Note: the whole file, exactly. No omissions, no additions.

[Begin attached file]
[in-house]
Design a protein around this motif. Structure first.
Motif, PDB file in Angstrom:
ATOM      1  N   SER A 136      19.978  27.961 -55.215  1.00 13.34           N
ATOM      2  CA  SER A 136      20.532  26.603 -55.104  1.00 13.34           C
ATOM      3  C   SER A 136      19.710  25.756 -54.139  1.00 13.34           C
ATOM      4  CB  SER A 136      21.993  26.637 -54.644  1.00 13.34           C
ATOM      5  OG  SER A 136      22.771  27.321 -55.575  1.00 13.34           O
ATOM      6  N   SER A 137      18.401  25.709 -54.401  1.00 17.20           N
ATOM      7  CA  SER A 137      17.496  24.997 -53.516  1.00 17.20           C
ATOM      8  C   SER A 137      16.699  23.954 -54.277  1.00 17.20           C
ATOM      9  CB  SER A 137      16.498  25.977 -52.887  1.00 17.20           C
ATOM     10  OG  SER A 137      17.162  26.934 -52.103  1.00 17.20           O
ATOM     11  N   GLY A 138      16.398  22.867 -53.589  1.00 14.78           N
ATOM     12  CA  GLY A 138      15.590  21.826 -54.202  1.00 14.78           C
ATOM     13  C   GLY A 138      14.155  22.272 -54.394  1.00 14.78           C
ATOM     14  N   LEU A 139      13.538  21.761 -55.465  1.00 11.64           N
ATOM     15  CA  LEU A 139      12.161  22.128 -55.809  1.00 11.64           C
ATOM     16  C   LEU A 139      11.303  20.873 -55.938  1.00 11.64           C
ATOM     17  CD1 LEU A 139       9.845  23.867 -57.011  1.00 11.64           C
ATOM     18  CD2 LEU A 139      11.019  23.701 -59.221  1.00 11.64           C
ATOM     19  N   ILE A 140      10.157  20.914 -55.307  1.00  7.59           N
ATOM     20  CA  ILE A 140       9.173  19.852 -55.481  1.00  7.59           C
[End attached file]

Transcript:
[in-house]
Design a protein around this motif. Structure first.
Motif, PDB file in Angstrom:
ATOM      1  N   SER A 136      19.978  27.961 -55.215  1.00 13.34           N
ATOM      2  CA  SER A 136      20.532  26.603 -55.104  1.00 13.34           C
ATOM      3  C   SER A 136      19.710  25.756 -54.139  1.00 13.34           C
ATOM      4  CB  SER A 136      21.993  26.637 -54.644  1.00 13.34           C
ATOM      5  OG  SER A 136      22.771  27.321 -55.575  1.00 13.34           O
ATOM      6  N   SER A 137      18.401  25.709 -54.401  1.00 17.20           N
ATOM      7  CA  SER A 137      17.496  24.997 -53.516  1.00 17.20           C
ATOM      8  C   SER A 137      16.699  23.954 -54.277  1.00 17.20           C
ATOM      9  CB  SER A 137      16.498  25.977 -52.887  1.00 17.20           C
ATOM     10  OG  SER A 137      17.162  26.934 -52.103  1.00 17.20           O
ATOM     11  N   GLY A 138      16.398  22.867 -53.589  1.00 14.78           N
ATOM     12  CA  GLY A 138      15.590  21.826 -54.202  1.00 14.78           C
ATOM     13  C   GLY A 138      14.155  22.272 -54.394  1.00 14.78           C
ATOM     14  N   LEU A 139      13.538  21.761 -55.465  1.00 11.64           N
ATOM     15  CA  LEU A 139      12.161  22.128 -55.809  1.00 11.64           C
ATOM     16  C   LEU A 139      11.303  20.873 -55.938  1.00 11.64           C
ATOM     17  CD1 LEU A 139       9.845  23.867 -57.011  1.00 11.64           C
ATOM     18  CD2 LEU A 139      11.019  23.701 -59.221  1.00 11.64           C
ATOM     19  N   ILE A 140      10.157  20.914 -55.307  1.00  7.59           N
ATOM     20  CA  ILE A 140       9.173  19.852 -55.481  1.00  7.59           C